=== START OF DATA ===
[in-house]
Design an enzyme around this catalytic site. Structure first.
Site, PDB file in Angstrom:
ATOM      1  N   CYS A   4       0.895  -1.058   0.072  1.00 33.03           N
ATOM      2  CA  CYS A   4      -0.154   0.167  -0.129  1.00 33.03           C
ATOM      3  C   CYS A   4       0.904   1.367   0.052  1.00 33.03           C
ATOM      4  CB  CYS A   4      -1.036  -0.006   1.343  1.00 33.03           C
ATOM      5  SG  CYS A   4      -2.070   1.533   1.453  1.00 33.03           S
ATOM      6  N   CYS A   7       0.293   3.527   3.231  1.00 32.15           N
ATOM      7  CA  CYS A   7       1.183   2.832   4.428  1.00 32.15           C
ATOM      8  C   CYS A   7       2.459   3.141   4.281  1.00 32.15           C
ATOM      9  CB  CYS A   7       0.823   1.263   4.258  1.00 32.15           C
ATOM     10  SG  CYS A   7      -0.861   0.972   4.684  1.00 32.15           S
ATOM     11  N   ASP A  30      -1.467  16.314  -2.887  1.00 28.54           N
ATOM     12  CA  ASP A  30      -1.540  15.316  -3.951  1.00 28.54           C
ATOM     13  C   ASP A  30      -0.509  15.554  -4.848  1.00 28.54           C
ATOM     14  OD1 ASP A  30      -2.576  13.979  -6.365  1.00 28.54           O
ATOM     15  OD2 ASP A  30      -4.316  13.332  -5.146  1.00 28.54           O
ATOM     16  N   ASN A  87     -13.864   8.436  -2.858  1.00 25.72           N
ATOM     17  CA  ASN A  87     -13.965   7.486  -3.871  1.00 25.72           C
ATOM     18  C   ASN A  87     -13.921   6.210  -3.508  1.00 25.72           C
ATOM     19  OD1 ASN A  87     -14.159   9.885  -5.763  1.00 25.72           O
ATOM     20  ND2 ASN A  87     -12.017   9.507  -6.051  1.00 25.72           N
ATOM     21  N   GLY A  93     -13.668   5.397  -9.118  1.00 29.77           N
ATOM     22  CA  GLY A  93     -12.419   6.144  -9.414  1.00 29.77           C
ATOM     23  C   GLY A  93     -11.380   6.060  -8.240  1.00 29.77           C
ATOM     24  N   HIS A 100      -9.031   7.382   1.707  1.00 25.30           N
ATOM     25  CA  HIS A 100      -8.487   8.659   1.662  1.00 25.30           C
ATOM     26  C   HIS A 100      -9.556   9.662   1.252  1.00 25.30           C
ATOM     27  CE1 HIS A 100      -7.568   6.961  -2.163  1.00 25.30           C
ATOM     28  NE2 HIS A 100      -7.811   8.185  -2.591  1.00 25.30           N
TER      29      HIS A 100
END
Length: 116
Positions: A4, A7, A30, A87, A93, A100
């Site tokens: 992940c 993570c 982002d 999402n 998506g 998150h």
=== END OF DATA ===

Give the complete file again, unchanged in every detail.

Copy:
[in-house]
Design an enzyme around this catalytic site. Structure first.
Site, PDB file in Angstrom:
ATOM      1  N   CYS A   4       0.895  -1.058   0.072  1.00 33.03           N
ATOM      2  CA  CYS A   4      -0.154   0.167  -0.129  1.00 33.03           C
ATOM      3  C   CYS A   4       0.904   1.367   0.052  1.00 33.03           C
ATOM      4  CB  CYS A   4      -1.036  -0.006   1.343  1.00 33.03           C
ATOM      5  SG  CYS A   4      -2.070   1.533   1.453  1.00 33.03           S
ATOM      6  N   CYS A   7       0.293   3.527   3.231  1.00 32.15           N
ATOM      7  CA  CYS A   7       1.183   2.832   4.428  1.00 32.15           C
ATOM      8  C   CYS A   7       2.459   3.141   4.281  1.00 32.15           C
ATOM      9  CB  CYS A   7       0.823   1.263   4.258  1.00 32.15           C
ATOM     10  SG  CYS A   7      -0.861   0.972   4.684  1.00 32.15           S
ATOM     11  N   ASP A  30      -1.467  16.314  -2.887  1.00 28.54           N
ATOM     12  CA  ASP A  30      -1.540  15.316  -3.951  1.00 28.54           C
ATOM     13  C   ASP A  30      -0.509  15.554  -4.848  1.00 28.54           C
ATOM     14  OD1 ASP A  30      -2.576  13.979  -6.365  1.00 28.54           O
ATOM     15  OD2 ASP A  30      -4.316  13.332  -5.146  1.00 28.54           O
ATOM     16  N   ASN A  87     -13.864   8.436  -2.858  1.00 25.72           N
ATOM     17  CA  ASN A  87     -13.965   7.486  -3.871  1.00 25.72           C
ATOM     18  C   ASN A  87     -13.921   6.210  -3.508  1.00 25.72           C
ATOM     19  OD1 ASN A  87     -14.159   9.885  -5.763  1.00 25.72           O
ATOM     20  ND2 ASN A  87     -12.017   9.507  -6.051  1.00 25.72           N
ATOM     21  N   GLY A  93     -13.668   5.397  -9.118  1.00 29.77           N
ATOM     22  CA  GLY A  93     -12.419   6.144  -9.414  1.00 29.77           C
ATOM     23  C   GLY A  93     -11.380   6.060  -8.240  1.00 29.77           C
ATOM     24  N   HIS A 100      -9.031   7.382   1.707  1.00 25.30           N
ATOM     25  CA  HIS A 100      -8.487   8.659   1.662  1.00 25.30           C
ATOM     26  C   HIS A 100      -9.556   9.662   1.252  1.00 25.30           C
ATOM     27  CE1 HIS A 100      -7.568   6.961  -2.163  1.00 25.30           C
ATOM     28  NE2 HIS A 100      -7.811   8.185  -2.591  1.00 25.30           N
TER      29      HIS A 100
END
Length: 116
Positions: A4, A7, A30, A87, A93, A100
């Site tokens: 992940c 993570c 982002d 999402n 998506g 998150h």